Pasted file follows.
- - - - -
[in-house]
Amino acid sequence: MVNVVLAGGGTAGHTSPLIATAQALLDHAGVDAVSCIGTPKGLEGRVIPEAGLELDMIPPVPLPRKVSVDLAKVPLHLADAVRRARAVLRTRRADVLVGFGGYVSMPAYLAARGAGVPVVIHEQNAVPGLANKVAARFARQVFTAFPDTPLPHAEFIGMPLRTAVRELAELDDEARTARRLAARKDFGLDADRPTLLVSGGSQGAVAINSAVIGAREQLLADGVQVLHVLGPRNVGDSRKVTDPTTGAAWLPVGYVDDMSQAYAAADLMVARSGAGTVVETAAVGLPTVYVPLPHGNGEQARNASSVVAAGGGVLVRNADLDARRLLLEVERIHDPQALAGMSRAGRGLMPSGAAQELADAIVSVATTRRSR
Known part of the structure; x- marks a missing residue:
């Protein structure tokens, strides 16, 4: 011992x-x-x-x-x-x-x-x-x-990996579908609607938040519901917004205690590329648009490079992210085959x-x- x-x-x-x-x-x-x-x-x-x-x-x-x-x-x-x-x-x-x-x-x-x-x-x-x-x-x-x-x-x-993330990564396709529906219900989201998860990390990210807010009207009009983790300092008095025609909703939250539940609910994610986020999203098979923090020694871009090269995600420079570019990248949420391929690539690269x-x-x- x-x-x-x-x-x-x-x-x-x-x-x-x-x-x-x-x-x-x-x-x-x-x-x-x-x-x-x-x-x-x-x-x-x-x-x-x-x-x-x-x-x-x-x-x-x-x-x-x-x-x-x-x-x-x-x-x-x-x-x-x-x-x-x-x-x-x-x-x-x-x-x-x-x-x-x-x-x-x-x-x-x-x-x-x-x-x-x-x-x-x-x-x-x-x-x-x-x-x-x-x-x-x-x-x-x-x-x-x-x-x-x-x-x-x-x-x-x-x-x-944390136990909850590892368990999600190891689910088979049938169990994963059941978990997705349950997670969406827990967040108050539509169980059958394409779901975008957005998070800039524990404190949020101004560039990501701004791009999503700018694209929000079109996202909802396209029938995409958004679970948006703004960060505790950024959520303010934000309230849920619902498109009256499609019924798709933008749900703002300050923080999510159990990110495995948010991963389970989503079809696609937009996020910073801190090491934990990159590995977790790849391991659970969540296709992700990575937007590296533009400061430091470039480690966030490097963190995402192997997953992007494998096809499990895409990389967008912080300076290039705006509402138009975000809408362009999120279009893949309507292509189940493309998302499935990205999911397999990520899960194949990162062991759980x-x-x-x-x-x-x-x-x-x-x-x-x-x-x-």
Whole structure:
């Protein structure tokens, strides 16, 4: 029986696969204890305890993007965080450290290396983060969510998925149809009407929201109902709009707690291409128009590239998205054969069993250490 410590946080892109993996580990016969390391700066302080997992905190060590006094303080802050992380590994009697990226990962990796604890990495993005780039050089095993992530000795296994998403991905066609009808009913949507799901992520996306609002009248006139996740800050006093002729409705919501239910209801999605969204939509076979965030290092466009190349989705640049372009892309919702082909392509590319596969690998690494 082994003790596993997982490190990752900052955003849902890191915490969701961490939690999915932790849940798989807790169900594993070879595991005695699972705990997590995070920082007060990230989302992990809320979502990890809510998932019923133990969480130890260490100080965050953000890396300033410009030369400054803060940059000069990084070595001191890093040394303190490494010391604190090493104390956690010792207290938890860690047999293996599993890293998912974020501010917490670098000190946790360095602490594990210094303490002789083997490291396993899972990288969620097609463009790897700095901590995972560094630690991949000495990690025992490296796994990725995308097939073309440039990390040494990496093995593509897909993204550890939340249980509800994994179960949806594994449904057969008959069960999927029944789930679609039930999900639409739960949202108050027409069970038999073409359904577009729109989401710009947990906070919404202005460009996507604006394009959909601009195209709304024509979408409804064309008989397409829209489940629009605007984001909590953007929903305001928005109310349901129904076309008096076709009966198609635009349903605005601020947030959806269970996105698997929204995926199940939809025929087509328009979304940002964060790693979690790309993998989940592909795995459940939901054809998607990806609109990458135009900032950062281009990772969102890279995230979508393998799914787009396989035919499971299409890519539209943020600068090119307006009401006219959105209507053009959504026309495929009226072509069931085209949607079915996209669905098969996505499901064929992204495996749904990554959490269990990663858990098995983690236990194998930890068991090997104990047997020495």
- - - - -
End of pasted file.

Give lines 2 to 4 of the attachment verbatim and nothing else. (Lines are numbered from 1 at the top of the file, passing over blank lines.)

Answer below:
Amino acid sequence: MVNVVLAGGGTAGHTSPLIATAQALLDHAGVDAVSCIGTPKGLEGRVIPEAGLELDMIPPVPLPRKVSVDLAKVPLHLADAVRRARAVLRTRRADVLVGFGGYVSMPAYLAARGAGVPVVIHEQNAVPGLANKVAARFARQVFTAFPDTPLPHAEFIGMPLRTAVRELAELDDEARTARRLAARKDFGLDADRPTLLVSGGSQGAVAINSAVIGAREQLLADGVQVLHVLGPRNVGDSRKVTDPTTGAAWLPVGYVDDMSQAYAAADLMVARSGAGTVVETAAVGLPTVYVPLPHGNGEQARNASSVVAAGGGVLVRNADLDARRLLLEVERIHDPQALAGMSRAGRGLMPSGAAQELADAIVSVATTRRSR
Known part of the structure; x- marks a missing residue:
């Protein structure tokens, strides 16, 4: 011992x-x-x-x-x-x-x-x-x-990996579908609607938040519901917004205690590329648009490079992210085959x-x- x-x-x-x-x-x-x-x-x-x-x-x-x-x-x-x-x-x-x-x-x-x-x-x-x-x-x-x-x-x-993330990564396709529906219900989201998860990390990210807010009207009009983790300092008095025609909703939250539940609910994610986020999203098979923090020694871009090269995600420079570019990248949420391929690539690269x-x-x- x-x-x-x-x-x-x-x-x-x-x-x-x-x-x-x-x-x-x-x-x-x-x-x-x-x-x-x-x-x-x-x-x-x-x-x-x-x-x-x-x-x-x-x-x-x-x-x-x-x-x-x-x-x-x-x-x-x-x-x-x-x-x-x-x-x-x-x-x-x-x-x-x-x-x-x-x-x-x-x-x-x-x-x-x-x-x-x-x-x-x-x-x-x-x-x-x-x-x-x-x-x-x-x-x-x-x-x-x-x-x-x-x-x-x-x-x-x-x-x-944390136990909850590892368990999600190891689910088979049938169990994963059941978990997705349950997670969406827990967040108050539509169980059958394409779901975008957005998070800039524990404190949020101004560039990501701004791009999503700018694209929000079109996202909802396209029938995409958004679970948006703004960060505790950024959520303010934000309230849920619902498109009256499609019924798709933008749900703002300050923080999510159990990110495995948010991963389970989503079809696609937009996020910073801190090491934990990159590995977790790849391991659970969540296709992700990575937007590296533009400061430091470039480690966030490097963190995402192997997953992007494998096809499990895409990389967008912080300076290039705006509402138009975000809408362009999120279009893949309507292509189940493309998302499935990205999911397999990520899960194949990162062991759980x-x-x-x-x-x-x-x-x-x-x-x-x-x-x-």